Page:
In 1978, Nemke and Rotatori got married for the first time. The next year, they split up, but in December 1981, less than a year before she died, they got back together.
In 1982, Nemke had been on death row for a long time. The Daily Nonpareil said that detectives looking into the murder of his wife found that he had a good alibi and moved on.
One thing that made the investigation harder was where the hotel was. The hotel was close to the interchange where Interstates 29 and 80 meet. This meant that Rotatori’s killer could have been long gone by the time his body was found.
Even though the hospital and other businesses in the area did a thorough investigation and offered rewards, the case went cold.
Police officials said that physical evidence from the scene was sent to the Iowa Division of Criminal Investigation’s crime lab in 2001. There, technicians were able to find a male DNA profile. When the information was put into state and federal databases of DNA, there was no match.
In 2019, police in Council Bluffs went to Parabon Nanolabs for help. Since 2018, the Virginia-based company has been working hard to help law enforcement agencies catch criminals by using genetic genealogy.
With its Snapshot DNA phenotyping, Parabon was able to figure out that Rotatori’s killer was a white man with roots in northern Europe.
The lead detective, Steve Andrews, told the Daily Nonpareil, “So it looks like a pretty big pool.”
The killer’s genetic profile was then put into genealogy websites like 23andMe. There, they were able to match the unknown man to relatives who were between his sixth and eighth cousins.
“They said that if you do that, there’s almost no chance of finding your person,” Andrews said.
Andrews said that detectives started playing a game of “wait and see” because they hoped that adding more DNA kits to the genealogy databases might one day lead them to the killer.
This month, 20-year-old Schubert made headlines all over the country when he helped police find out who raped and killed a 9-year-old girl 57 years ago. Marise Ann Chiverella was killed on her way to church before school in March 1964.
With his help, the police found out that James Paul Forte killed the girl. In May 1980, Forte, who was 39, died.
In March 2020, Schubert called the police in Council Bluffs and asked if they needed help with any cold cases. By that time, the young person who knew a lot about genealogy had already helped in other cases.
Andrews told the Daily Nonpareil, “He was able to get to the great-grandparent of our subject very quickly.” “From there, the family tree grew many branches, each with the name of a different person. I’d find those people, talk to their families, and ask them for help with the case.”
Andrews said, “They’d send Eric a kit, and then Eric would get to work.” “The kid is crazy smart when it comes to family trees.”
Thank you for calling me today, @GovMurphy! Wow, what a great surprise! I’m glad you’re interested in my work on my family tree in NJ. pic.twitter.com/LGxkTVuzZI
The newspaper said that as Schubert helped detectives narrow down the list of possible suspects, he found out that the killer had not been raised by his biological father. The family tree showed which family Rotatori’s killer was from, but it couldn’t say for sure where he stood in the family.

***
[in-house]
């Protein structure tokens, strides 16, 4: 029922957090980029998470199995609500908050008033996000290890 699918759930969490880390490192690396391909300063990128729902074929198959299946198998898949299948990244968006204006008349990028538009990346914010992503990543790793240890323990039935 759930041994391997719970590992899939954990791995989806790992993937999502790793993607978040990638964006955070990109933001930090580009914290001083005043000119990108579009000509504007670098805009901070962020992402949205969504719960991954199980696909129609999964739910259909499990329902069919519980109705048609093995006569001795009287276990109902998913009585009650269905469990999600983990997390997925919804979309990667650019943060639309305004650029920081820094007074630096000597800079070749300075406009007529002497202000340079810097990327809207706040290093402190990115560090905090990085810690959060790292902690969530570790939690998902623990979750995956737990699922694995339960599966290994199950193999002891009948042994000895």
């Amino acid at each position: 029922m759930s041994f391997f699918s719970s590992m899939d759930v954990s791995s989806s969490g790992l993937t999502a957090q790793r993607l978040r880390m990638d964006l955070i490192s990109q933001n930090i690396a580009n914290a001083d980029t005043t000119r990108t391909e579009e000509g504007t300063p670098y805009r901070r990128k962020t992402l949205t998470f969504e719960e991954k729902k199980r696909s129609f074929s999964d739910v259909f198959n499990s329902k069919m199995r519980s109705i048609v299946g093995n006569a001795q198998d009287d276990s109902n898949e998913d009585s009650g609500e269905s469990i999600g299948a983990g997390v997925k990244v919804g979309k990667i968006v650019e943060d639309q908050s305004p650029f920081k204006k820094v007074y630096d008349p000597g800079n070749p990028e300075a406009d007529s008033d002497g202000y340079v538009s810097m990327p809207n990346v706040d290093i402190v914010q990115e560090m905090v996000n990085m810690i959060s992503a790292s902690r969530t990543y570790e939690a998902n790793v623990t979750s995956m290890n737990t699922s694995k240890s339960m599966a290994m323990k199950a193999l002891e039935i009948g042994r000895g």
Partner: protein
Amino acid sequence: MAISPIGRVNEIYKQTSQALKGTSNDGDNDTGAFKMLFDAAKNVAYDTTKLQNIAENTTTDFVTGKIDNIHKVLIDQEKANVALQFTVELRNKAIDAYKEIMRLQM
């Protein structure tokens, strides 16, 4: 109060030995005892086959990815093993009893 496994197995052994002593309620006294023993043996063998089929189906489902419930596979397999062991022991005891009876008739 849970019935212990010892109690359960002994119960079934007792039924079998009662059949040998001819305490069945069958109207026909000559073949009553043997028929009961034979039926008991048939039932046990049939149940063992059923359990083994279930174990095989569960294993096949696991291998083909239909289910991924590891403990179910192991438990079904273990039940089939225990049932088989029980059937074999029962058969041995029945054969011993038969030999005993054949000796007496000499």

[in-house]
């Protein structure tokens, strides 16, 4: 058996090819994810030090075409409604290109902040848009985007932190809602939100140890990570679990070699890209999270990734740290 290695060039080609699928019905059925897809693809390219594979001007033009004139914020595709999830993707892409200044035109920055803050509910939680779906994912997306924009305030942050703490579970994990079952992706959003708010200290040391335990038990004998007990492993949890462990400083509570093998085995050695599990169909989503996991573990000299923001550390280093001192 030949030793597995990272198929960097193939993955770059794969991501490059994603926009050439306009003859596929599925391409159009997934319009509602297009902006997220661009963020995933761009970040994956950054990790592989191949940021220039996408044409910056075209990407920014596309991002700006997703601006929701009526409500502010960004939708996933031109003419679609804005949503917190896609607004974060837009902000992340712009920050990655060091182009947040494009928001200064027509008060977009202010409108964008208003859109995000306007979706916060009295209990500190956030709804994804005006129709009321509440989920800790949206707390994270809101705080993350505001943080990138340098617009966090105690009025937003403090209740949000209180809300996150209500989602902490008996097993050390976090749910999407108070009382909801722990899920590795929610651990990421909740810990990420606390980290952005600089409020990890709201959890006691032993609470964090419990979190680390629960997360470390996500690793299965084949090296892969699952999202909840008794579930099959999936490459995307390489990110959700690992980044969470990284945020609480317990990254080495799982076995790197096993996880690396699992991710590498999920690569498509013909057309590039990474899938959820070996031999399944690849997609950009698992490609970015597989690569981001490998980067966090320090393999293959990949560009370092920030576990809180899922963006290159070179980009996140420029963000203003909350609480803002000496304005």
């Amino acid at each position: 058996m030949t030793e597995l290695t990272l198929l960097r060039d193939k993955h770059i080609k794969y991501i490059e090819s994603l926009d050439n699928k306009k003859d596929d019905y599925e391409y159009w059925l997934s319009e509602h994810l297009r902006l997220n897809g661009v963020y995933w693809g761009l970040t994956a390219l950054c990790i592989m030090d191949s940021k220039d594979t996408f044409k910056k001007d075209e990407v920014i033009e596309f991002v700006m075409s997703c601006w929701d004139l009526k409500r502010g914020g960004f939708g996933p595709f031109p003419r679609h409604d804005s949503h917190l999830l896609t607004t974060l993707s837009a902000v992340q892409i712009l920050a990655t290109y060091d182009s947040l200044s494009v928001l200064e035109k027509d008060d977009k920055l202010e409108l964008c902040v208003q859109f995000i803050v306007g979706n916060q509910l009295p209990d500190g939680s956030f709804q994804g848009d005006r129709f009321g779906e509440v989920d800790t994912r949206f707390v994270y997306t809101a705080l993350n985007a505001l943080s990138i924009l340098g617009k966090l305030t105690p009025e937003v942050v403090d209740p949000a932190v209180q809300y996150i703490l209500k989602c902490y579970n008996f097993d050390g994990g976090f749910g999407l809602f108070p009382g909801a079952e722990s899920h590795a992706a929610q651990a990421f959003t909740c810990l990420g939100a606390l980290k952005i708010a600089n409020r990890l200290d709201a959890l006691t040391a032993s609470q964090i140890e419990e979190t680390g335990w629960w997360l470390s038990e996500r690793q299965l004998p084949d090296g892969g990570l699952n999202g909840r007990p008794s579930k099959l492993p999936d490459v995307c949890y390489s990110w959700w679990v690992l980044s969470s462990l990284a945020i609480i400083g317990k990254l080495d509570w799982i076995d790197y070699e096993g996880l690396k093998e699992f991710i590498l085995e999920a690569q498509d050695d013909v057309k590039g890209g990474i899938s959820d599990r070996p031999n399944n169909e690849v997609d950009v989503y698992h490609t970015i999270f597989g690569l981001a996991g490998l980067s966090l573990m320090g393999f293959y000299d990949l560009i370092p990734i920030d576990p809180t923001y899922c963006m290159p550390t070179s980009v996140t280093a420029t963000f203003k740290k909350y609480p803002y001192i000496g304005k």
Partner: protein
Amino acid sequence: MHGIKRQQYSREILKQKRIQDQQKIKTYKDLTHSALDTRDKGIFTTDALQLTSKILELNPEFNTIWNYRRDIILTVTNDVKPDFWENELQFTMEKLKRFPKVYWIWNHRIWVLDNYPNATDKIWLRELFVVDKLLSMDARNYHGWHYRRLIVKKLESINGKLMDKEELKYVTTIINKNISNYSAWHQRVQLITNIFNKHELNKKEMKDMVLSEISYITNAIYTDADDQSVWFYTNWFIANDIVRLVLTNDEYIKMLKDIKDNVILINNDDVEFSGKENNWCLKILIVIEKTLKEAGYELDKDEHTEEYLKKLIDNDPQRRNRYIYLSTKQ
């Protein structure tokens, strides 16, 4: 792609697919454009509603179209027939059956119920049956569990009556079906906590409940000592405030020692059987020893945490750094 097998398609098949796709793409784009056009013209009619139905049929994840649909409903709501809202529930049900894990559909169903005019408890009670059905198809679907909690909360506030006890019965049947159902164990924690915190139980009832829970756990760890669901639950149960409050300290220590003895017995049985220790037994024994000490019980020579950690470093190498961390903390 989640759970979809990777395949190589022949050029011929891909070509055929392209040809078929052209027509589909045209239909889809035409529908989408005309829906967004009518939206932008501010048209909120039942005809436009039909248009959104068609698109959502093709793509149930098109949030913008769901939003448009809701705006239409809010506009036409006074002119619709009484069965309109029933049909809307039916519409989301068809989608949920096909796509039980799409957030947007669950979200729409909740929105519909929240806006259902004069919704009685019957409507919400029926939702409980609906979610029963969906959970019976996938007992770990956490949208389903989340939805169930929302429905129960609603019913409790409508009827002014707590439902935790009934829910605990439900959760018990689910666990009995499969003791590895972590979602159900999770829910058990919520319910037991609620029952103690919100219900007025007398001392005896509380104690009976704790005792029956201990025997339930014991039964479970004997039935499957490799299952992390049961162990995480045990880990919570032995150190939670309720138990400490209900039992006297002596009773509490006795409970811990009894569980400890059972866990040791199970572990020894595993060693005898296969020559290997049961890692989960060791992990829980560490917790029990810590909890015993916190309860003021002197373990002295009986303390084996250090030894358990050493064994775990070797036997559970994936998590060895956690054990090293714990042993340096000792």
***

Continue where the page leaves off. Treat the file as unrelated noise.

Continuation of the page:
The waiting game with Parabon paid off at that point
The Daily Nonpareil said that an unknown man who had not been questioned by police sent in a DNA kit that was later flagged by Parabon. The description of that man helped Parabon and Schubert narrow down the list of possible suspects to two brothers.
Also Read: Who is Tracy Holmes Gallagher, the wife of Trace Gallagher? Net Worth Of The Chief Breaking News Correspondent at Fox News
One would have been too young in 1982 to have killed Rotatori
Detectives in a cold case found Freeman’s daughter, who gave them a sample of her DNA. It showed that Freeman was there when Rotatori was killed because his DNA was found on her body.
In their news release, police said, “Further investigation showed that Thomas Freeman was also the victim of a murder.”
Authorities said that Freeman had been dead for about three months when his bullet-riddled body was found in a shallow grave on October 30, 1982. Based on the time line, he was killed just a few weeks after Rotatori.
The police think that Freeman, who worked as a trucker, killed Rotatori while he was in the area on a haul.
They also think that his death might be linked to Rotatori’s
Weddum told the Daily Nonpareil, “He was shot four times and dumped in a wooded area near where he lived.” “I’m not a big believer in coincidences, so we called the Illinois State Police and talked to the sergeant in charge of the investigation into Freeman’s cold case.”
Detectives from Council Bluffs and troopers from Illinois have been working together to find out who killed Freeman. As of Friday, there was no evidence that the truck driver knew the young wife and mother he was accused of raping and stabbing.
But Freeman and Rotatori’s husband might have something in common.
Weddum and Andrews say that after Nemke got out of jail, he went to college. Carbondale, Illinois, was where he went to college.
In 1982, Freeman’s body parts were found about 15 miles from the school.
It is not clear how Nemke and Freeman could have been connected, either before or after Rotatori was killed. Andrews did tell the newspaper that he is being looked at as a person of interest.
Read More: Andy Hubbard: Who Is He? Meet Stephanie Ruhle Husband And Children Of The NBC News